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Predicting hypertension in pregnancy

A recent study has indicated that several weeks before pregnant women show signs of a high blood pressure, they have impaired blood flow in their arteries and elevated blood levels of a hypertension-promoting substance.

Predicting hypertension in pregnancy

A recent study has indicated that several weeks before pregnant women show signs of a dangerously high blood pressure, they have impaired blood flow in their arteries and elevated blood levels of a hypertension-promoting substance. The researchers said that the results of this study may help the development of more accurate tests for the prediction and more effective treatment of pre-eclampsia. Pre-eclampsia is a poorly understood pregnancy-induced condition marked by high blood pressure and elevated levels of protein in the urine. It affects pregnant women in their third trimester of pregnancy and poses a risk to both the mother and the fetus. In severe cases, pre-eclampsia can lead to maternal seizures and even death. The condition resolves when the baby is born. Researchers from the King's College Hospital in London studied 86 pregnant women who underwent ultrasound testing during their second trimester to see if they had normal uterine blood flow.
It was found that half the women had a normal uterine flow, while the others did not, suggesting they were at risk for pre-eclampsia or other complications. The results showed that none of the 43 women who had normal uterine blood flow developed pre-eclampsia during their third trimesters. Among the 43 women with abnormal uterine blood flow, 10 went on to develop pre-eclampsia, 14 delivered underweight babies due to growth restriction in the womb and 19 had normal pregnancies. Second-trimester testing also showed that half of the women with abnormal uterine blood flow had elevated blood levels of asymmetric dimethylarginine, or ADMA, which impairs the ability of blood vessels to widen. This happens because ADMA inhibits the effects of nitric oxide, which helps keep blood vessels relaxed and blood pressure in check. Additional ultrasound testing in the second trimester showed that, compared with women who did not develop pre-eclampsia, those who did had more restricted blood flow in their arms. This suggested that the presence of blood vessel dysfunction that occurred before pre-eclampsia had been diagnosed. And the more restricted the blood flow, the higher the blood levels of ADMA, the researchers reported. The findings suggest that doctors might be able to better predict pre-eclampsia by checking blood flow in the arms in addition to the uterus. And since an amino acid known as L-arginine can help counter the effects of ADMA, it may be worth exploring whether L-arginine can help stave off pre-eclampsia in high-risk women, they conclude.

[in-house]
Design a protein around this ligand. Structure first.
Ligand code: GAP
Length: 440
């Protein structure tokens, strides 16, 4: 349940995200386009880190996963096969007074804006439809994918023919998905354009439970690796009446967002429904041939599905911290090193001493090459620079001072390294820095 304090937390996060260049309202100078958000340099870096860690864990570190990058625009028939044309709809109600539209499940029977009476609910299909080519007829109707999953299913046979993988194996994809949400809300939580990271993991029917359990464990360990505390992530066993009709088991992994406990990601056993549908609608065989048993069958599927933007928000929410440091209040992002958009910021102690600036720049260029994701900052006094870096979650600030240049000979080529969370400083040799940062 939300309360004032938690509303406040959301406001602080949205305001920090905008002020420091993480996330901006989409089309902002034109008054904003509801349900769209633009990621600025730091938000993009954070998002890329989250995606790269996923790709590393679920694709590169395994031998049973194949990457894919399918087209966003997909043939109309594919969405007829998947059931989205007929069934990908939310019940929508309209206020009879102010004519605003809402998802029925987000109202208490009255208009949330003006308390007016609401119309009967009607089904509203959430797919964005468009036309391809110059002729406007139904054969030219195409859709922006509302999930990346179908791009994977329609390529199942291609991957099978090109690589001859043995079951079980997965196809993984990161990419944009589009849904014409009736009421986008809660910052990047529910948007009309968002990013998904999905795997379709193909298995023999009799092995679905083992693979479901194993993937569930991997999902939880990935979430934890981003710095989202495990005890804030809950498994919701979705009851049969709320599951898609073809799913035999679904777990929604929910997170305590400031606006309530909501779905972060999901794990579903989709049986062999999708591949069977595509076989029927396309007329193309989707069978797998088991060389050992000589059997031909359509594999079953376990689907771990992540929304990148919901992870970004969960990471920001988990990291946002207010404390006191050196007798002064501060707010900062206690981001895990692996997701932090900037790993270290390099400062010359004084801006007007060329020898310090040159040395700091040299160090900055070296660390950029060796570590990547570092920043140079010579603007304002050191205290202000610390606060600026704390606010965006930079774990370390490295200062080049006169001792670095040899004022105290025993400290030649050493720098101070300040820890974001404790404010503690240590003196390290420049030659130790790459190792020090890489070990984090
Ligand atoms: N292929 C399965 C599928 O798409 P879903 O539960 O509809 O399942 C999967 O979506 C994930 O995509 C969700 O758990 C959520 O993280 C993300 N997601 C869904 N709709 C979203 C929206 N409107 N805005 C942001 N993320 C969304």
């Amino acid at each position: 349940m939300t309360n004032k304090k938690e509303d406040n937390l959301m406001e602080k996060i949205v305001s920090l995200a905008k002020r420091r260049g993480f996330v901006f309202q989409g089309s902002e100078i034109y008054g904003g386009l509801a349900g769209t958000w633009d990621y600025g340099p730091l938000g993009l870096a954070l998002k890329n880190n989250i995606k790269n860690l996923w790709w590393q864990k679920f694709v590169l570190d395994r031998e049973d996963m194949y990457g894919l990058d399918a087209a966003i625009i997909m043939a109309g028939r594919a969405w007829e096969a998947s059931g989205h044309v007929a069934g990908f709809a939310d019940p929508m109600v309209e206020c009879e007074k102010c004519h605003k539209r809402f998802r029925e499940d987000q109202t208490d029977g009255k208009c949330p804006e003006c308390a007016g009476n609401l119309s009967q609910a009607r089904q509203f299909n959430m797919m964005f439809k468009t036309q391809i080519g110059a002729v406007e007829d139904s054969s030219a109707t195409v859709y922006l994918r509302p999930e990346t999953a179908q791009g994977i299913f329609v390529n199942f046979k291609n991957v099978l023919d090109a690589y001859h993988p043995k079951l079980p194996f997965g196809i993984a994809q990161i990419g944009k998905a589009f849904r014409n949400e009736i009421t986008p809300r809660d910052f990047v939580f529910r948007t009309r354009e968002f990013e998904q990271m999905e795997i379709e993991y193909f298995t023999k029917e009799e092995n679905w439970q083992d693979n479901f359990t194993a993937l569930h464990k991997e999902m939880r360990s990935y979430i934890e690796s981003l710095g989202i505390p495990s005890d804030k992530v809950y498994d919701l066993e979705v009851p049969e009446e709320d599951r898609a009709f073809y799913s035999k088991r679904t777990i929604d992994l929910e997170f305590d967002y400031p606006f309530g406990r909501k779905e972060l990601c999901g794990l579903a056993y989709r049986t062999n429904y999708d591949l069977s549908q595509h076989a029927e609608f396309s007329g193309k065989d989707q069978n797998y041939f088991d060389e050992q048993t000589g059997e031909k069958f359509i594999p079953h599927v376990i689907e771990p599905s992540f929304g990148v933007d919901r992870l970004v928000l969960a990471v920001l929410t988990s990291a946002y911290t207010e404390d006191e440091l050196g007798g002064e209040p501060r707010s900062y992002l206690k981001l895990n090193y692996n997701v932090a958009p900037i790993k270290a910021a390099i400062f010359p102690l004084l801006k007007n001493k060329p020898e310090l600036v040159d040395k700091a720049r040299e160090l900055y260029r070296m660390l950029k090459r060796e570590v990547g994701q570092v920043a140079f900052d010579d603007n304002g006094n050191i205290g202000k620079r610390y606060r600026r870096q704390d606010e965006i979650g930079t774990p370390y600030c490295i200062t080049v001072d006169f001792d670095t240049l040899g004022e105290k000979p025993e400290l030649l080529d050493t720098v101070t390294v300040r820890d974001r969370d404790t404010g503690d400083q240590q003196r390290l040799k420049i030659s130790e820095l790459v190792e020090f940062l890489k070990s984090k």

The Lancet, May 2003; Vol. 361
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